A group of physicists from Japan have taken to the skies to grow crystals under zero gravity.
Presenting their results today, 13 December, in the Institute of Physics and German Physical Society's New Journal of Physics, they've overcome the limitations of the laboratory to examine the peculiar dynamics of helium crystals on a much larger scale than can be achieved with ordinary materials.
Their results could help researchers reveal the fundamental physics behind the development of crystals, whilst also unveiling phenomena that are usually hidden by gravity.
The helium crystals were grown using high pressures, extremely low temperatures (0.6K/-272°C) and by splashing them with a superfluid - a state of quantum matter which behaves like a fluid but has zero viscosity, meaning it has complete resistance to stress. Superfluids can also flow through extremely tiny gaps without any friction.
Footage from their zero-gravity flight, which also shows the formation of the crystals close up, can be viewed here.
Lead author of the study, Professor Ryuji Nomura from the Tokyo Institute of Technology, said: "Helium crystals can grow from a superfluid extremely fast because the helium atoms are carried by a swift superflow, so it cannot hinder the crystallization process. It has been an ideal material to study the fundamental issues of crystal shape because the crystals form so quickly.
"It can take thousands of years for ordinary classic crystals to reach their final shape; however, at very low temperatures helium crystals can reach their final shape within a second. When helium crystals grow larger than 1 mm they can be easily deformed by gravity, which is why we did our experiments on a plane."
The experiments were carried out in a small jet plane in cooperation with the Japan Aerospace Exploration Agency (JAXA). When on a specific trajectory, known as parabolic flight, the jet plane provided zero gravity conditions for 20 seconds. Around eight experiments were performed during a two-hour flight.
A small, specially designed refrigerator was taken on board the plane, which was fitted with windows so the formation of the crystals could be observed. Large helium crystals were placed at the bottom of a high-pressure chamber and then zapped with an acoustic wave to crush them into tiny pieces; they were then splashed with a helium-4 superfluid. Once crushed, the smaller crystals were melted and larger ones grew rapidly until only one 10 mm crystal survived.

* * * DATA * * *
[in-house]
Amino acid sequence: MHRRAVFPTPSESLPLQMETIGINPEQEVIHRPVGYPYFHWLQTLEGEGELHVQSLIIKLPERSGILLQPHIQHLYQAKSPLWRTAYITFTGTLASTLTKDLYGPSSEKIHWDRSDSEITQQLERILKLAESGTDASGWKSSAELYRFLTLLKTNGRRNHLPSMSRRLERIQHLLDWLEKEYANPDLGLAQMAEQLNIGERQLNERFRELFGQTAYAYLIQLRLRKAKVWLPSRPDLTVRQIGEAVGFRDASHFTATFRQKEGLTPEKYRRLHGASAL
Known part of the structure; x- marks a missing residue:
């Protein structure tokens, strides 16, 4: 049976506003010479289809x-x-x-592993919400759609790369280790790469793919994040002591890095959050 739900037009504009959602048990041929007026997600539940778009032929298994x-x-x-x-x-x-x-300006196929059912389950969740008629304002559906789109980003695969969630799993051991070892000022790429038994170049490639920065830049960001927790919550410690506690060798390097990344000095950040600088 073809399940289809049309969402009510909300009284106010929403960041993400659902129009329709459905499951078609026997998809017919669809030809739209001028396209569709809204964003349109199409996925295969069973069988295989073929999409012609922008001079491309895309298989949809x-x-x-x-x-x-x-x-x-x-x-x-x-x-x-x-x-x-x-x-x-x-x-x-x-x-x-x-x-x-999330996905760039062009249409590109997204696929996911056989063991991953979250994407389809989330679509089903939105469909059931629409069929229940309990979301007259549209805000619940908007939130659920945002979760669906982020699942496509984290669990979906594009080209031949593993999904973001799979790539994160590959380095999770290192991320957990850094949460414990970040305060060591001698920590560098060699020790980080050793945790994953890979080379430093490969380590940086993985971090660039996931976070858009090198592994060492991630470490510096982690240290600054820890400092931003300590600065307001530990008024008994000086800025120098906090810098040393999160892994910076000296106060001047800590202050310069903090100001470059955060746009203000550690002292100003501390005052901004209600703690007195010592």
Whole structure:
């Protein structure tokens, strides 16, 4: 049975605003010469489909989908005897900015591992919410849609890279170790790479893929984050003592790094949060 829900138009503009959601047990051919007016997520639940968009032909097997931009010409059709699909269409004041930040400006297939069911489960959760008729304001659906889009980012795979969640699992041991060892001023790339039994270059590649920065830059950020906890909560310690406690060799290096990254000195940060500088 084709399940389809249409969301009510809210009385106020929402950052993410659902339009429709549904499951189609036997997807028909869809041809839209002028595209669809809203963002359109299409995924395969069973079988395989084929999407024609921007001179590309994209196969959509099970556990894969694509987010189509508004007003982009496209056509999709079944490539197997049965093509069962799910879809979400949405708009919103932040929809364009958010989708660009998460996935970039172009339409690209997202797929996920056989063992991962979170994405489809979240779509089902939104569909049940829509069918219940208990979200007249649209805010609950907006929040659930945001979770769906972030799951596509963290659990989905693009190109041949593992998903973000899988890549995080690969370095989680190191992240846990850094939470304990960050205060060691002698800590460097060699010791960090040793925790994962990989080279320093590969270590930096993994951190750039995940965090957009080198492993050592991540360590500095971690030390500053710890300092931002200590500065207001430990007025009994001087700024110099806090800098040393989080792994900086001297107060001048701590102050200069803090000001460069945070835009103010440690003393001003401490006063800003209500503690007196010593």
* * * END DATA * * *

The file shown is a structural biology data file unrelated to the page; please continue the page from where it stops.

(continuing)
The crystal grew under a process known as Ostwald ripening. This is commonly seen in ice cream when it becomes gritty and crunchy as it gets older - larger ice crystals begin to grow at the expense of smaller ice crystals.
"Ostwald ripening is usually a very slow process and has never been seen in such huge crystals in a very short period," continued Professor Nomura.
Notes to Editors
1. For further information, a full draft of the journal paper or contact with one of the researchers, contact IOP Press Officer, Michael Bishop:
Tel: 0117 930 1032
Ripening of 4He crystals by acoustic waves with and without gravity
2. The published version of the paper "Ripening of 4He crystals by acoustic waves with and without gravity" (Takahashi T et al 2012 New J. Phys. 14 123023) will be freely available online from Thursday 13 December.
New Journal of Physics
3. New Journal of Physics publishes across the whole of physics, encompassing pure, applied, theoretical and experimental research, as well as interdisciplinary topics where physics forms the central theme. All content is permanently free to read and the journal is funded by an article publication charge.
4. IOP Publishing provides publications through which leading-edge scientific research is distributed worldwide. IOP Publishing is central to the Institute of Physics (IOP), a not-for-profit society. Any financial surplus earned by IOP Publishing goes to support science through the activities of IOP. Beyond our traditional journals programme, we make high-value scientific information easily accessible through an ever-evolving portfolio of community websites, magazines, conference proceedings and a multitude of electronic services. Focused on making the most of new technologies, we're continually improving our electronic interfaces to make it easier for researchers to find exactly what they need, when they need it, in the format that suits them best. Go to http://ioppublishing.
The Institute of Physics
5. The Institute of Physics is a leading scientific society. We are a charitable organisation with a worldwide membership of more than 45,000, working together to advance physics education, research and application. We engage with policymakers and the general public to develop awareness and understanding of the value of physics and, through IOP Publishing, we are world leaders in professional scientific communications.
The German Physical Society
6. The German Physical Society (DPG), with a tradition extending back to 1845, is the largest physical society in the world with more than 59,000 members. The DPG sees itself as the forum and mouthpiece for physics and is a non-profit organisation that does not pursue financial interests. It supports the sharing of ideas and thoughts within the scientific community, fosters physics teaching and would also like to open a window to physics for all those with a healthy curiosity.